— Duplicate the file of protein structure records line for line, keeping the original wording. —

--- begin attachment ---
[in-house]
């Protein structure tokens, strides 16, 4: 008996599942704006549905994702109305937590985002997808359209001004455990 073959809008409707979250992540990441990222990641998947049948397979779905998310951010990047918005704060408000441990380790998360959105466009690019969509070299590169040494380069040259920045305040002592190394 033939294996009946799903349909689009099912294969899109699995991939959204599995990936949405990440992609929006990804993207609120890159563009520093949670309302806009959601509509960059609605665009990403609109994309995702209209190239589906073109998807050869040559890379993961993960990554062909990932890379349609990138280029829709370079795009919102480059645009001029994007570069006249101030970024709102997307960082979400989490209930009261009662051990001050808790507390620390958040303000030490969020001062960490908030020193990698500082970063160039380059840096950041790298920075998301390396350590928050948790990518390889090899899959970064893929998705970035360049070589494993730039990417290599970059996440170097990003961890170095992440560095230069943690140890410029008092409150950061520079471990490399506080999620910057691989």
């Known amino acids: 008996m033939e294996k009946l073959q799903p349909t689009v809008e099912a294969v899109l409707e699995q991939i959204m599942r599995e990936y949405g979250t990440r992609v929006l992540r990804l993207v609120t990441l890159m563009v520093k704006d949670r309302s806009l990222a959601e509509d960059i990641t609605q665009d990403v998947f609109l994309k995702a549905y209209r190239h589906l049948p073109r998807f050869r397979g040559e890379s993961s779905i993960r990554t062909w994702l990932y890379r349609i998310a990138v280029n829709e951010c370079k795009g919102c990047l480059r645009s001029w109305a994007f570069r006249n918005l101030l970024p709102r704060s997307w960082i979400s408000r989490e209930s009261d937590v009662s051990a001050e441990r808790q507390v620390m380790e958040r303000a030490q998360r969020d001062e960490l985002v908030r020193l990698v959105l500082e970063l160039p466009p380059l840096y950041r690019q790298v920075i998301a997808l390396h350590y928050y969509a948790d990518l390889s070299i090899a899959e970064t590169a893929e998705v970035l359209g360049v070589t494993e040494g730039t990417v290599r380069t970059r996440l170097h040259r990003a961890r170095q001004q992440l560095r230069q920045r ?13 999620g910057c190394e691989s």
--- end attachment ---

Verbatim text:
[in-house]
């Protein structure tokens, strides 16, 4: 008996599942704006549905994702109305937590985002997808359209001004455990 073959809008409707979250992540990441990222990641998947049948397979779905998310951010990047918005704060408000441990380790998360959105466009690019969509070299590169040494380069040259920045305040002592190394 033939294996009946799903349909689009099912294969899109699995991939959204599995990936949405990440992609929006990804993207609120890159563009520093949670309302806009959601509509960059609605665009990403609109994309995702209209190239589906073109998807050869040559890379993961993960990554062909990932890379349609990138280029829709370079795009919102480059645009001029994007570069006249101030970024709102997307960082979400989490209930009261009662051990001050808790507390620390958040303000030490969020001062960490908030020193990698500082970063160039380059840096950041790298920075998301390396350590928050948790990518390889090899899959970064893929998705970035360049070589494993730039990417290599970059996440170097990003961890170095992440560095230069943690140890410029008092409150950061520079471990490399506080999620910057691989």
């Known amino acids: 008996m033939e294996k009946l073959q799903p349909t689009v809008e099912a294969v899109l409707e699995q991939i959204m599942r599995e990936y949405g979250t990440r992609v929006l992540r990804l993207v609120t990441l890159m563009v520093k704006d949670r309302s806009l990222a959601e509509d960059i990641t609605q665009d990403v998947f609109l994309k995702a549905y209209r190239h589906l049948p073109r998807f050869r397979g040559e890379s993961s779905i993960r990554t062909w994702l990932y890379r349609i998310a990138v280029n829709e951010c370079k795009g919102c990047l480059r645009s001029w109305a994007f570069r006249n918005l101030l970024p709102r704060s997307w960082i979400s408000r989490e209930s009261d937590v009662s051990a001050e441990r808790q507390v620390m380790e958040r303000a030490q998360r969020d001062e960490l985002v908030r020193l990698v959105l500082e970063l160039p466009p380059l840096y950041r690019q790298v920075i998301a997808l390396h350590y928050y969509a948790d990518l390889s070299i090899a899959e970064t590169a893929e998705v970035l359209g360049v070589t494993e040494g730039t990417v290599r380069t970059r996440l170097h040259r990003a961890r170095q001004q992440l560095r230069q920045r ?13 999620g910057c190394e691989s």